Oracle Secures Unconditional EU Approval for Sun Takeover
Acquisition formalizes database vendors move into hardware market.
Oracle Corp. secured unconditional approval from the European Union to proceed with its $7 billion acquisition of Sun Microsystems Inc., completing an examination begun by the regulatory board last September that required the database vendor to satisfy concerns that the takeover would impede competition.
I am now satisfied that competition and innovation will be preserved on all the markets concerned, said Neelie Kroes, EU competition commissioner.
Oracles acquisition of Sun has the potential to revitalize important assets and create new and innovative products, Kroes said.
In granting Oracle clearance to complete the transaction, the EU pointed to the vendors pledges to Suns MySQL customers, developers and users to release future versions of the software under open source license, and to amend contracts with existing licensees to ease third-party development.
In reviewing the acquisition, EU regulators initially suggested that the combination of Oracles database products and Sun's MySQL open source database could tilt that segment's competitive landscape and result in artificially higher prices.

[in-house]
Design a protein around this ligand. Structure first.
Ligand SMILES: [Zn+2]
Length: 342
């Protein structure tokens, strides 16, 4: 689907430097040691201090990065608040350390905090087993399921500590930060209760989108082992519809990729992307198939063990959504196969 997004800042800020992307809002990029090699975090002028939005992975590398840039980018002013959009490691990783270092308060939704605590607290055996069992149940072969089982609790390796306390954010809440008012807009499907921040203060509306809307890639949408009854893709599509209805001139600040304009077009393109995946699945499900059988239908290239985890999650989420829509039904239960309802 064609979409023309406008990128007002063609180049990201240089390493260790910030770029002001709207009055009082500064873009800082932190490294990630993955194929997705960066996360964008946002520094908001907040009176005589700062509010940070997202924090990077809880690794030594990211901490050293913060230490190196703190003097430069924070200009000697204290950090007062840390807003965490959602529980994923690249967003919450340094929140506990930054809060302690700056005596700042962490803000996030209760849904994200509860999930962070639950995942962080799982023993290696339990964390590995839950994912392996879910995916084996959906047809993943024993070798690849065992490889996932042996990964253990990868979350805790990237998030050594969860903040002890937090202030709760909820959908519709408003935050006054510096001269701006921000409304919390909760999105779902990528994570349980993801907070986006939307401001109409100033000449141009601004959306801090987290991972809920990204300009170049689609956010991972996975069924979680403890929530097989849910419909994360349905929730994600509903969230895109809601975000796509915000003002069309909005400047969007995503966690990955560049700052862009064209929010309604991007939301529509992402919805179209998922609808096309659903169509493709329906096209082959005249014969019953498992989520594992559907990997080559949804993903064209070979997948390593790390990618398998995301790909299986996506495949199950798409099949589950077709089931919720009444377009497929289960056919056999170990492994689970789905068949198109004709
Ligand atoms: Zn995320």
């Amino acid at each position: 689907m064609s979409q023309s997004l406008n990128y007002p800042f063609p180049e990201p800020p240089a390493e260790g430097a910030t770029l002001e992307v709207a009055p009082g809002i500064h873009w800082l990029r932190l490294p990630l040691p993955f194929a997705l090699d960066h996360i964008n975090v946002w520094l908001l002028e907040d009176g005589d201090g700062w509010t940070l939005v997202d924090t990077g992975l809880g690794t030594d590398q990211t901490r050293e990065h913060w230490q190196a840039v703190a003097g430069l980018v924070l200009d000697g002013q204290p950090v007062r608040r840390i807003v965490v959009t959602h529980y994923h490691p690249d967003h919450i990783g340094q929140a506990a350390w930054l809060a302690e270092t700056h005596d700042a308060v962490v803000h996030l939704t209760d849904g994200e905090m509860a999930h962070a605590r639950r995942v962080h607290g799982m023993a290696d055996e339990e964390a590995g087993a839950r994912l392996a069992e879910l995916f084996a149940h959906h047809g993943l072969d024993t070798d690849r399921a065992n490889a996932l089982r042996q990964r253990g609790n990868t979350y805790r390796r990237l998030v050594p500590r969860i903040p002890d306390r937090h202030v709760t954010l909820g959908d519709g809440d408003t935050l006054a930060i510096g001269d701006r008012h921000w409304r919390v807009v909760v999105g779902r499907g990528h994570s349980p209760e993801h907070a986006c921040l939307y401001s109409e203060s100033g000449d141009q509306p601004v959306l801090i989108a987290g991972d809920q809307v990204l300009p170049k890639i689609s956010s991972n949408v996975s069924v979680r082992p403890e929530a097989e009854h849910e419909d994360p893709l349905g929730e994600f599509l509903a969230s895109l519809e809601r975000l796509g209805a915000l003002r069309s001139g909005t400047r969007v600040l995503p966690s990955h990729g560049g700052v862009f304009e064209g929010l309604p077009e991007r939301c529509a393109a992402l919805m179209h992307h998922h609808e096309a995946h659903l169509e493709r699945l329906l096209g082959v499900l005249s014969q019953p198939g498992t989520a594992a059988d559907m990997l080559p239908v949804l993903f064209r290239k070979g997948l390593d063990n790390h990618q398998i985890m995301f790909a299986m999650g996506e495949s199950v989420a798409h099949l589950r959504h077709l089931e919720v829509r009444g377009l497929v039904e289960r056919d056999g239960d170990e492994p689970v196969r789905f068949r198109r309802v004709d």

The EU said that its investigation focused on the nature and extent of the competitive constraint that MySQL currently exerts on Oracle and whether this would be affected by the proposed transaction.
It concluded that while Oracle and MySQL compete in some segments of the market, the two do not vie for business in other segments, particularly at the high end.
Last August, Oracle received regulatory approval from the U.S. Department of Justice to proceed with the acquisition, and, in December, addressed the competitive concerns raised by the European Commission, a unit of the EU comprised of 27 commissioners that handles the Union's day-to-day affairs.
At one point in the proceedings, the U.S. Department of Justice took the unusual step of posting a statement re-affirming its approval of the acquisition.
Larry Ellison, Oracle chief executive, is slated, along with Sun executives, to present at public briefing this week the combined companys strategy to implement its product portfolio, drive innovation, simplify IT management and integrate its wide variety of offerings.
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